News ID: 255435
Published: 0245 GMT July 07, 2019

FAO Food Price Index steady in June

FAO Food Price Index steady in June

Global food prices declined marginally in June, as lower prices of dairy products and vegetable oils more than offset a significant jump in maize quotations, and are now very close to their level of a year ago, according to a report by the Food and Agriculture Organization of the United Nations released on Sunday.

The FAO Food Price Index, which tracks monthly changes in the international prices of commonly traded food commodities, averaged 173 points in June, down 0.3 percent from May, reported.

The FAO Cereal Price Index rose 6.7 percent in June, as expectations of much tighter maize export suppliers from the United States of America pushed quotations up for maize and as a spill-over, also for wheat. Rice prices were broadly stable.

The FAO Sugar Price Index in June was up 4.2 percent from the previous month, strongly influenced by the Brazilian Real's appreciation against the US dollar.

By contrast, the FAO Dairy Price Index decreased by 11.9 percent, marking its first decline in five months, led by frail demand for cheese and butter.

The FAO Vegetable Price Index declined 1.6 percent during the month, with palm oil and soy oil prices both down on the back of sluggish global import demand and expectations of ample global supplies, respectively.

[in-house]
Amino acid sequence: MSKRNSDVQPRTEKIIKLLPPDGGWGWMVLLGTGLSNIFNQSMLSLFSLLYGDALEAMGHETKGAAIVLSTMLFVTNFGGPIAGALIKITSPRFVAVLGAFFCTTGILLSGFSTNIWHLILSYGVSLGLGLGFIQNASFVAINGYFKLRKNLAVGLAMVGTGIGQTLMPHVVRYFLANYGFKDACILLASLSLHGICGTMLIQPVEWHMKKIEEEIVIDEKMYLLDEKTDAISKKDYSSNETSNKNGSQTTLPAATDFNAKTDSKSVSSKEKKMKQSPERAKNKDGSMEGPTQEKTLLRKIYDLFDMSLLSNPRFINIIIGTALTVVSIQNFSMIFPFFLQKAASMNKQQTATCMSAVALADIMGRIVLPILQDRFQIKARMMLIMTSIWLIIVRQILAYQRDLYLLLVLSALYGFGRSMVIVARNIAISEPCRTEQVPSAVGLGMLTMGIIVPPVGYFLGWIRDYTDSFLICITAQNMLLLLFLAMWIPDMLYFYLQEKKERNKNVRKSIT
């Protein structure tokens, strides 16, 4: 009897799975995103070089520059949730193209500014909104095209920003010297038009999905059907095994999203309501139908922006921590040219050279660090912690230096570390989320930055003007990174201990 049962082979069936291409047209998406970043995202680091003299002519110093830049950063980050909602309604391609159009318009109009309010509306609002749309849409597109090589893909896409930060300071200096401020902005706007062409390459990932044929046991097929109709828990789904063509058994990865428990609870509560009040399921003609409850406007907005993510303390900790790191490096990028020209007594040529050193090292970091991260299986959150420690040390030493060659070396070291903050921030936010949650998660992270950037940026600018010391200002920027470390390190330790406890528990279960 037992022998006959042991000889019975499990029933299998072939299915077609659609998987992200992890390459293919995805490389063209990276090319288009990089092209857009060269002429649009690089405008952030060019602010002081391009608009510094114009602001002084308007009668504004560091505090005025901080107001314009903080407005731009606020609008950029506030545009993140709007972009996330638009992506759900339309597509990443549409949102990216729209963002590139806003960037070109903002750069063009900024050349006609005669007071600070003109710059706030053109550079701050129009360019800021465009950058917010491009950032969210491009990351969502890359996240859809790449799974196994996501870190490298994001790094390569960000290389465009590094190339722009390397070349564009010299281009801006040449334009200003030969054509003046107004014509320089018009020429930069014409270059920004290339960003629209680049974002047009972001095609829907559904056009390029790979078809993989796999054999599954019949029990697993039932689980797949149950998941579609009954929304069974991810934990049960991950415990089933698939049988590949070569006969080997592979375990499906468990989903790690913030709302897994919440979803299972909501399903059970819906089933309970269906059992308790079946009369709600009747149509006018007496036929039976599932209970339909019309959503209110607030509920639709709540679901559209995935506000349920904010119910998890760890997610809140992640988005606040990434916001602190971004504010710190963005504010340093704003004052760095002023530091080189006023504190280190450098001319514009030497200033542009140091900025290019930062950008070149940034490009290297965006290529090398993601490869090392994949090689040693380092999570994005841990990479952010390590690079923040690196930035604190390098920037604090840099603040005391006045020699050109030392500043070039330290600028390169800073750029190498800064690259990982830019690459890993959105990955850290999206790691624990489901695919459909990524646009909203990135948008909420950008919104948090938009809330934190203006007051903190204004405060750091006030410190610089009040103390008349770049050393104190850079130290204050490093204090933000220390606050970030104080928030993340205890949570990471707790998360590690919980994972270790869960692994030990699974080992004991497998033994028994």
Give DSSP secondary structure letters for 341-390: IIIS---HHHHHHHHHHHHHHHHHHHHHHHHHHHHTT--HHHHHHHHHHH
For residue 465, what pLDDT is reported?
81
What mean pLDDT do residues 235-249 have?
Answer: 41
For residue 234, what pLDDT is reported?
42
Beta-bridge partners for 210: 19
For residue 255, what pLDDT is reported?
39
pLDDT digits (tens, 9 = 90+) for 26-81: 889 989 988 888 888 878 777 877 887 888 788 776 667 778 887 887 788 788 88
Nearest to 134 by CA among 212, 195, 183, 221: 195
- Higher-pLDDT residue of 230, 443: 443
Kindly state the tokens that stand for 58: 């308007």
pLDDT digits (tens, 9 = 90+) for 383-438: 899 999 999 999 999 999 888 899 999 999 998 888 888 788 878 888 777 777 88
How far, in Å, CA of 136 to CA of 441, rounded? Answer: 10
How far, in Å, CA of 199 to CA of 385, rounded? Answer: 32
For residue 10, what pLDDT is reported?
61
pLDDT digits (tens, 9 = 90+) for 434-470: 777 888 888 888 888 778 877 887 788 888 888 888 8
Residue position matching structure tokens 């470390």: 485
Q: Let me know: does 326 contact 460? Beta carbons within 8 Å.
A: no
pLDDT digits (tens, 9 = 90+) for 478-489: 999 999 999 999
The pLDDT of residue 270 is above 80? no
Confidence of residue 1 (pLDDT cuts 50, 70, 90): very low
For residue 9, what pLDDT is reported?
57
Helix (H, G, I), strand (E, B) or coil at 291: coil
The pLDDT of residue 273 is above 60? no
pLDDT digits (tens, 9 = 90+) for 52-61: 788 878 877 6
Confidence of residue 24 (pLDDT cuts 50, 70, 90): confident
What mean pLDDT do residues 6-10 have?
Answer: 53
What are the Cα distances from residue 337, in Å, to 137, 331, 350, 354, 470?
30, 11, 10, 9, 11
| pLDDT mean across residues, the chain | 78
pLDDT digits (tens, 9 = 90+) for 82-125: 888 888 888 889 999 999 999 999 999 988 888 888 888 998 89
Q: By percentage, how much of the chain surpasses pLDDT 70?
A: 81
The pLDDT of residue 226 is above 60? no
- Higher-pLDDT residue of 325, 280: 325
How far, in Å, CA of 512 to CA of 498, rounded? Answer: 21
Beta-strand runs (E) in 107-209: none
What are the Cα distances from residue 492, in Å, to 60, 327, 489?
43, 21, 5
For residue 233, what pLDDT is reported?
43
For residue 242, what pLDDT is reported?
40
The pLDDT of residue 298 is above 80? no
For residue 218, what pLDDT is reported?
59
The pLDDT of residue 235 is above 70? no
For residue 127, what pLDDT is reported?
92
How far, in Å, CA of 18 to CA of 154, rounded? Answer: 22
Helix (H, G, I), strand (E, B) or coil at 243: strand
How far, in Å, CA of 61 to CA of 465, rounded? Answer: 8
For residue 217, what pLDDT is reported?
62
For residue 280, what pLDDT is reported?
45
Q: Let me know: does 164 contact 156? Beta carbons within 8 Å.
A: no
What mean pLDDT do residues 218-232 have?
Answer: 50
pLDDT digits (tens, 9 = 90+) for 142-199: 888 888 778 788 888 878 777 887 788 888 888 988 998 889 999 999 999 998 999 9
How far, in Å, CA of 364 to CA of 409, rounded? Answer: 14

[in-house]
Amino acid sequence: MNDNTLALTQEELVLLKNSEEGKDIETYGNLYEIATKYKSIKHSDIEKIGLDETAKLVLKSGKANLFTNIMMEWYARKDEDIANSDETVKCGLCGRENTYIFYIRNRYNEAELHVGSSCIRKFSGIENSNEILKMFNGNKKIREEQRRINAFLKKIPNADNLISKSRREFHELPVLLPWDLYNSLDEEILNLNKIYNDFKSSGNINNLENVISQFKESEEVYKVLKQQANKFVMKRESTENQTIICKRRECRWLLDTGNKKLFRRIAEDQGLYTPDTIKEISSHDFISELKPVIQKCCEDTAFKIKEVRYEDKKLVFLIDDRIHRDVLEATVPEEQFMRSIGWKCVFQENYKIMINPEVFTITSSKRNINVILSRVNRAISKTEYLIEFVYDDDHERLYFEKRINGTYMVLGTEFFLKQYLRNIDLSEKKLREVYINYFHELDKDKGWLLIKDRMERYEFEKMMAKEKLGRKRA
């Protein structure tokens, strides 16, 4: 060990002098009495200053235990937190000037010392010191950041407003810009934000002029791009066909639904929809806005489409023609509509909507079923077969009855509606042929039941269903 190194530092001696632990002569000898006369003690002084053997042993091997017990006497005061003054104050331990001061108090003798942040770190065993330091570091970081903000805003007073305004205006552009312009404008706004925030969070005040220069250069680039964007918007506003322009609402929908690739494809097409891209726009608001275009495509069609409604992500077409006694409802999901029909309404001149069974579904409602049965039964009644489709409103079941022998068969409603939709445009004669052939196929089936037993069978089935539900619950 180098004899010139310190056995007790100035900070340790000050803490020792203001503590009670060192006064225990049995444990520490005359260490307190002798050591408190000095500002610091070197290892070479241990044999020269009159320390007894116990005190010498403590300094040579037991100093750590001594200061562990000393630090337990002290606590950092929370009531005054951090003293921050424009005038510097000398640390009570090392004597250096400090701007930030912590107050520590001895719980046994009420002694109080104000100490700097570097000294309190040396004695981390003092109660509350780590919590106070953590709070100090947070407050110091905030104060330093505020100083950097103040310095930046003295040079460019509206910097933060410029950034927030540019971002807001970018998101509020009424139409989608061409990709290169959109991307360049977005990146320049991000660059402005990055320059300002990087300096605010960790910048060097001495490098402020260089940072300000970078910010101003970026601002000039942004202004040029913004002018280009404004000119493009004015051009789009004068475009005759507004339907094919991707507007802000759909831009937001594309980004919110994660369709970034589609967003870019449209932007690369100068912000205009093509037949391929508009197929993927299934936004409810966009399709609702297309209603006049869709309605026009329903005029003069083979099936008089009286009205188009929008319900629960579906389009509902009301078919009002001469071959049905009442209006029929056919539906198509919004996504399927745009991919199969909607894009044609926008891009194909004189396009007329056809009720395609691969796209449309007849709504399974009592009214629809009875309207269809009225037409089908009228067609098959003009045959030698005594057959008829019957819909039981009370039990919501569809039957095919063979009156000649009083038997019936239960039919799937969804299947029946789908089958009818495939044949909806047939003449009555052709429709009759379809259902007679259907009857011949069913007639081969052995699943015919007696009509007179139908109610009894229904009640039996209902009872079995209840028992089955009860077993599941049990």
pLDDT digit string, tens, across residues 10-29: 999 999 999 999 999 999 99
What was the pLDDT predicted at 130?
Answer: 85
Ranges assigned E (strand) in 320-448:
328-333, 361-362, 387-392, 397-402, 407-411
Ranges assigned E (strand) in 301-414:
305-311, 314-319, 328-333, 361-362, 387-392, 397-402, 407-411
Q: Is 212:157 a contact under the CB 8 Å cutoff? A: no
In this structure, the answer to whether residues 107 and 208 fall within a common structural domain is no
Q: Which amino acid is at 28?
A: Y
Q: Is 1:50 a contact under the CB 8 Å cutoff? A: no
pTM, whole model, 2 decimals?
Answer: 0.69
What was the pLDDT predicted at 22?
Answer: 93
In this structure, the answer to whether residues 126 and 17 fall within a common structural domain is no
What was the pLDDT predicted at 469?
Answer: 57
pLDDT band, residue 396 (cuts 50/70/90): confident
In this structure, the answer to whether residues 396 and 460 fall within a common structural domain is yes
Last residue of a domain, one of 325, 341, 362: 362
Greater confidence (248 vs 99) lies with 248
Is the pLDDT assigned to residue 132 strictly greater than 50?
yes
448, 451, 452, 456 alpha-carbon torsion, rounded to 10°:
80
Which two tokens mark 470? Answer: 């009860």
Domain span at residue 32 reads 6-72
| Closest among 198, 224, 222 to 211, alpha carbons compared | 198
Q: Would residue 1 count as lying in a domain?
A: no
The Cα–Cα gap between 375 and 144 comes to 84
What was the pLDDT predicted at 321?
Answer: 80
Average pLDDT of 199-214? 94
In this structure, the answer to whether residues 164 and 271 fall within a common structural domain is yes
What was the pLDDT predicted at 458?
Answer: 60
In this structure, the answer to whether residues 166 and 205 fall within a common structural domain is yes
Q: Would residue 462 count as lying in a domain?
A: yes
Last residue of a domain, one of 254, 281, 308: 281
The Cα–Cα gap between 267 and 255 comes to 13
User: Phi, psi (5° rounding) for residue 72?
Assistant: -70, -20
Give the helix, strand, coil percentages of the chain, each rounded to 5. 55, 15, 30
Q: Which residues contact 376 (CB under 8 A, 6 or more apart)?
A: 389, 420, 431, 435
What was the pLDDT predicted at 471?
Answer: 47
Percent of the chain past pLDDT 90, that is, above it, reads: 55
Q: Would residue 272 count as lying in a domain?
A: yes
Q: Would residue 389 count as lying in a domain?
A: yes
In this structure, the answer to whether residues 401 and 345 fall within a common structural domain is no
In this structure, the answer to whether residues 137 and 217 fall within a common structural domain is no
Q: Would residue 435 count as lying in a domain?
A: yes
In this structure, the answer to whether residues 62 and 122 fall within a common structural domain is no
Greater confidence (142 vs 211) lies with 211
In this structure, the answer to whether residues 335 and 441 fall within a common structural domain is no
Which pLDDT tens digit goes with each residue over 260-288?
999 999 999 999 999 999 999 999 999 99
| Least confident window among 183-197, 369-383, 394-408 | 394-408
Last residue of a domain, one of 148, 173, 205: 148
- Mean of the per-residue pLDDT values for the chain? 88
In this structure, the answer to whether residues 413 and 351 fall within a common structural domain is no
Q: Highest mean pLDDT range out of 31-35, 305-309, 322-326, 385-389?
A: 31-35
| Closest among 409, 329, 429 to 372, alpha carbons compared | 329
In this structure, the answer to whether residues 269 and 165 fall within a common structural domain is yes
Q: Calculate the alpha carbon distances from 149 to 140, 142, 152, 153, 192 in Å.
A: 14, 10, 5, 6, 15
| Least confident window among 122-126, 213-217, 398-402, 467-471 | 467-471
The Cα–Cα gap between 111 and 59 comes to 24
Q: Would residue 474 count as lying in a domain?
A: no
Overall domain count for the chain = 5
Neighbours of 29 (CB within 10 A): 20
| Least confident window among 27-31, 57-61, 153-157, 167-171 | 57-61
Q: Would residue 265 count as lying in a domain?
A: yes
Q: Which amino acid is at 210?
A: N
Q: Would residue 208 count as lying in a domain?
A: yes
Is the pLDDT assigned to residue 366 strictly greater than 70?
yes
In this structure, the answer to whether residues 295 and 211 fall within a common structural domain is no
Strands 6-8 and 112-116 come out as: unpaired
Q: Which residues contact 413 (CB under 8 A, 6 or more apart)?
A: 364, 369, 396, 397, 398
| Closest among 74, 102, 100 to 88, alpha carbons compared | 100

The FAO Meat Price Index increased by 1.5 percent from its revised value for May, driven by strong import demand from East Asia for ovine, pig and poultry meats to offset domestic production shortfalls due to the spread of African Swine Fever.


New cereals forecasts

FAO also released the Cereal Supply and Demand Brief, keeping its forecast for worldwide production in 2019 unchanged from June at 2.685 billion tons.

That would mark a 1.2 percent increase from 2018, with the bulk of this year's growth expected to come from higher production of wheat.

Worldwide wheat production should rise by 5.6 percent in 2019 to reach nearly 771 million tons, buoyed by record output in India.

By contrast, global production of coarse grains is expected to decline to 1.398 billion tons this year, due to weak prospects in parts of Africa, China and especially the United States of America.

World rice output is forecast at 516 million tons, close to the high level of 2018.

World cereal utilization in 2019/20 is expected to exceed 2 708 million tons, a 1.0 percent increase from the previous year, with wheat and rice utilization growing faster than that of maize.

FAO lowered its forecast for world cereal stocks at the close of the 2020 seasons to 828 million tons, some 3.2 percent below their opening level.

The decline is driven by an expected 12.4 percent contraction in maize inventories, with most of the reduction concentrated in China and the United States.

Global wheat stocks are set to expand by 4.5 percent. Overall, the stock-to-use ratio for cereals should remain at a relatively high level of 29.6 percent for the 2019/20 period.

World trade in cereals is now expected to rise by 2.0 percent to 415 million tons, with wheat trade expanding at nearly twice the pace. 


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